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Key tips for preventing MSDs in the era of COVID-19

The spread of COVID-19 has meant that many workers have been forced to telework from their homes and other locations. While remote working has some benefits, the increase in sedentary positions, combined with the lack of ergonomic remote workspaces during the pandemic, might contribute to the development or aggravation of musculoskeletal disorders (MSDs) among workers.

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Despite this, there are steps that workers and businesses can take to prevent the development and worsening of MSDs and other health issues affected by teleworking. Our bodies are not designed to be sedentary – they are made for movement – so here are some top tips on how to tackle MSDs while teleworking throughout the COVID-19 pandemic.

On your feet! Minimising seated positions

In Europe, 28% of workers sit down at work almost all the time, and 60% of workplaces report sitting as a risk factor. Working from home involves long periods of sitting which can be detrimental to workers’ health. The lack of movement while seated places a higher load on the intervertebral discs and impairs circulation of the blood, which reduces the supply of oxygen to the muscles. 

This risk is now even greater since COVID-19 has caused many employees to work in poorly adapted environments. To prevent the development and worsening of an MSD, employees should ensure that they are only seated for 2 hours at a time and take the opportunity to stretch every 20-30 minutes.

Standing during telephone calls and short online meetings can help reduce seated time and maintaining a good posture while sitting can lessen the impact of sedentary work. While seated, workers should incorporate the habit of rocking their pelvises, stretching their necks, shifting their weight, and leaning back in their chair.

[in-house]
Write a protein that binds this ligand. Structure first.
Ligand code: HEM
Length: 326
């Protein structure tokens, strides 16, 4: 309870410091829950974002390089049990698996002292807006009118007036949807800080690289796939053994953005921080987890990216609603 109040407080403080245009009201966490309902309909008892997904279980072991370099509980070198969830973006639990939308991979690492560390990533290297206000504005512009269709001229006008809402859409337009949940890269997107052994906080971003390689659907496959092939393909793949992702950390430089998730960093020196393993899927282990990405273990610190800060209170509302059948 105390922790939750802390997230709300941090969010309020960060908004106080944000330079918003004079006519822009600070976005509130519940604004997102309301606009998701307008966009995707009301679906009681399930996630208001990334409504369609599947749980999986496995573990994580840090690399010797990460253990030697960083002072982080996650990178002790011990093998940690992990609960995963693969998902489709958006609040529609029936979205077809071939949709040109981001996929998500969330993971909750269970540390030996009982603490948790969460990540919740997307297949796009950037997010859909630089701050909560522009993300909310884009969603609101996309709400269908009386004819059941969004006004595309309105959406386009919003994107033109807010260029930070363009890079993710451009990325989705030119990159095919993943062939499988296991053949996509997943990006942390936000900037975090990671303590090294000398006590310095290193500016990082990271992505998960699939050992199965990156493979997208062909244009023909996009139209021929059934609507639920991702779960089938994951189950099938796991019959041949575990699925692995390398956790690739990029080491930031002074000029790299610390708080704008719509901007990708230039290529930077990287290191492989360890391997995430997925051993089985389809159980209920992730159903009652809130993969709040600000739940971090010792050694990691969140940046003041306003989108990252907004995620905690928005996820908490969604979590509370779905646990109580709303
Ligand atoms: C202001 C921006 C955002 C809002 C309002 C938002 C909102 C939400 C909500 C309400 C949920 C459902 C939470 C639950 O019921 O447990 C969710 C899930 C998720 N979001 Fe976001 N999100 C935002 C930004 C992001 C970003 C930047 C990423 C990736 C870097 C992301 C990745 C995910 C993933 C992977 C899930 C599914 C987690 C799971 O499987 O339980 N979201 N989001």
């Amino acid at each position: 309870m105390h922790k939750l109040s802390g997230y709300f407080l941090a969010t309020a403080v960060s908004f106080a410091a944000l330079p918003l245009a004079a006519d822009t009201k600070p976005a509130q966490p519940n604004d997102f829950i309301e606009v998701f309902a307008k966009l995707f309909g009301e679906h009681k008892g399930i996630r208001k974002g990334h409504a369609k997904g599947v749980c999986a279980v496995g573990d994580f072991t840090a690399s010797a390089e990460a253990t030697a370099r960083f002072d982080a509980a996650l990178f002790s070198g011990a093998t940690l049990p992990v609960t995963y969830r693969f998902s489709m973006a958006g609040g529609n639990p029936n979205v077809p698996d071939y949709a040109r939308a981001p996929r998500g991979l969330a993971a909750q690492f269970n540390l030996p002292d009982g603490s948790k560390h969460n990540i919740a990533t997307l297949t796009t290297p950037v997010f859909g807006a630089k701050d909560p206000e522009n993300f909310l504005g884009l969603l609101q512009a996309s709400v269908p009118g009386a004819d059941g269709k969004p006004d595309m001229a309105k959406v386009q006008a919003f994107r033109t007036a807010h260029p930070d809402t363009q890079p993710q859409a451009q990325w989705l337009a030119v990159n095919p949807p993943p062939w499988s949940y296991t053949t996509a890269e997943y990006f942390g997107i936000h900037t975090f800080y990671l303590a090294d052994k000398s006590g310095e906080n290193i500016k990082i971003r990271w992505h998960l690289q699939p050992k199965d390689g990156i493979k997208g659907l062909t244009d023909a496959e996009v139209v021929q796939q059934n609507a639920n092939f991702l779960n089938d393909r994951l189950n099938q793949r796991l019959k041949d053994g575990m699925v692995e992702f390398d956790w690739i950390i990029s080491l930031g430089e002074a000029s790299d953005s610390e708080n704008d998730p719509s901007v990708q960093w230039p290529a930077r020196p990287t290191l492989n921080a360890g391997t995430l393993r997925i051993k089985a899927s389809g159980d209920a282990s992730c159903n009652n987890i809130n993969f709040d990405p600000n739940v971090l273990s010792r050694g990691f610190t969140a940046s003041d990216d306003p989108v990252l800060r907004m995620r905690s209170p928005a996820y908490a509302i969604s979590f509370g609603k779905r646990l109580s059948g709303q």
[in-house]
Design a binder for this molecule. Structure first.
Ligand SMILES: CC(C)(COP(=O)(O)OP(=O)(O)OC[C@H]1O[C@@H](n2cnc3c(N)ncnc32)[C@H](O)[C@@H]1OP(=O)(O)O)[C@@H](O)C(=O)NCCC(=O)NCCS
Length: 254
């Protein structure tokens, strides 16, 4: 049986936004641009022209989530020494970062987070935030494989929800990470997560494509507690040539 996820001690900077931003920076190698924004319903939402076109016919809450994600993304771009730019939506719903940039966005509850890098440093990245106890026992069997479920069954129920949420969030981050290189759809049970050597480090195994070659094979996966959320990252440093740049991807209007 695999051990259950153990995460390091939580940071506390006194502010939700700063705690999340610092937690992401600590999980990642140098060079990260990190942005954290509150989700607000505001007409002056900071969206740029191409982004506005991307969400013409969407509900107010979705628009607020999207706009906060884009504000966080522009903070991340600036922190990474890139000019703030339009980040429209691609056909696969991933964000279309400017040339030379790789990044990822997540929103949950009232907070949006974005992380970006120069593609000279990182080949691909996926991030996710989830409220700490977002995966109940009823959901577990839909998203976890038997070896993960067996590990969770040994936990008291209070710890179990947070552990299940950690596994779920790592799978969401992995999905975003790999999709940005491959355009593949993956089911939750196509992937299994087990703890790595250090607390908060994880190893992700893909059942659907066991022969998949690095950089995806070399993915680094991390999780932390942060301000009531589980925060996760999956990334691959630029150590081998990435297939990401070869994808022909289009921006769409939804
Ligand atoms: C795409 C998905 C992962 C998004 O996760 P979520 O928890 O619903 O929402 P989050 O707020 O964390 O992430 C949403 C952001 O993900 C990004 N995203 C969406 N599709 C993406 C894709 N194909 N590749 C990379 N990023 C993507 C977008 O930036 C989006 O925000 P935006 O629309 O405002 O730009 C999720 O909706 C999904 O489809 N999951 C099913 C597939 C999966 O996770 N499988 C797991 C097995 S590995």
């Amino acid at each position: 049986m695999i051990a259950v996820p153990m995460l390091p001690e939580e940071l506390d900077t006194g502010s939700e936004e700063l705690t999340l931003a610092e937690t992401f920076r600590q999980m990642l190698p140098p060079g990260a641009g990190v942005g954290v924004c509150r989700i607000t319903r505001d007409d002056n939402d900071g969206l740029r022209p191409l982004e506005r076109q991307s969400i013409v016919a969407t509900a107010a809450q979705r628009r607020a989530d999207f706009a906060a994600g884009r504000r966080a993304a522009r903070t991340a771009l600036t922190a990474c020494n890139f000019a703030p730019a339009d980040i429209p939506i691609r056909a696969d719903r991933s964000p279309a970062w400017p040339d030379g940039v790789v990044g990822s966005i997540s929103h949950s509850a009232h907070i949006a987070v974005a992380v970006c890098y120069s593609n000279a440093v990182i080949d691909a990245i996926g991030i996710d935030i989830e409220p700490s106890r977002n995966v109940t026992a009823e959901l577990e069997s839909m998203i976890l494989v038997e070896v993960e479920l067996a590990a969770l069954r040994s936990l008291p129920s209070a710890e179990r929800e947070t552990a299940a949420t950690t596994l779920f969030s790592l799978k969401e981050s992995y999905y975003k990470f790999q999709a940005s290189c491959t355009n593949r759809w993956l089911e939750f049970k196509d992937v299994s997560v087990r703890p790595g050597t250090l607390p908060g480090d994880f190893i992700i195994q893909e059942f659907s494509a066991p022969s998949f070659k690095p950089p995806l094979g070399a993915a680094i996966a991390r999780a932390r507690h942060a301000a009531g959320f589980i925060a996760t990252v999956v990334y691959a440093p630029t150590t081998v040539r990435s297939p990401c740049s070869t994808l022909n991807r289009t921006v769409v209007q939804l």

There is a strong business case to encourage employees to be seated less, since workers with MSDs are more likely to be absent from work or forced to take early retirement. Businesses should plan work around each individual worker to minimise the employee’s seated time, ensuring that they are not sat down for more than 5 hours per day.

Get your muscles moving! Exercising while teleworking

Physical exercise is a vital part of any teleworking routine and finding the time to work out helps workers to experience better job performance and higher levels of productivity, satisfaction and health. Since the detrimental effects of sitting cannot be fully compensated by exercise in leisure time, regular short workouts are more beneficial than one longer session.

This could be carried out through taking the stairs where possible, allocating time away from screens to stretch or move, and going for a walk during the lunch break. Businesses can also promote a physically active workplace culture by encouraging employees to take part in stretch breaks in meetings or after conference calls and motivating them to take short breaks to work out and move.

Adapting working environments and routines

When introducing remote working measures, there are a number of specific risk factors to consider to ensure every adapted working environment covers all of the ergonomic aspects required to guarantee the safety and health of workers. These factors may work independently or in any combination, and include elements connected to the physical working space, organisational factors, and the characteristics of individual workers (such as age, gender, physical capacity and prior medical history). 

There are a number of adaptations an employee can make to reduce these risk factors when teleworking. These include setting up a light and well-ventilated space to work, using ergonomic work furniture and allocating enough space to be comfortable. Businesses can provide guidance on how to set up an effective home workstation.

Aside from the physical risks, it’s also important to consider the psychosocial risks of teleworking. Factors such as stress, pressure, anxiety and isolation can have an impact on workers’ wellbeing, which in turn can increase the risk of developing MSDs. Monitoring workloads, reducing pressure and ensuring that employees feel supported are all methods of reducing the psychosocial risk factor. 

A large selection of tools and guidance in relation to preventing MSDs during the COVID-19 pandemic, particularly in relation to teleworking, are available through EU-OSHA’s database of resources. Two Napo films, on the importance of taking regular breaks and keeping active at work, are available to communicate the message in a fun and engaging way. More information on how to safely adapt workplaces is available through OSHwiki and for further tips and information, you can also follow the campaign on FacebookLinkedIn and Twitter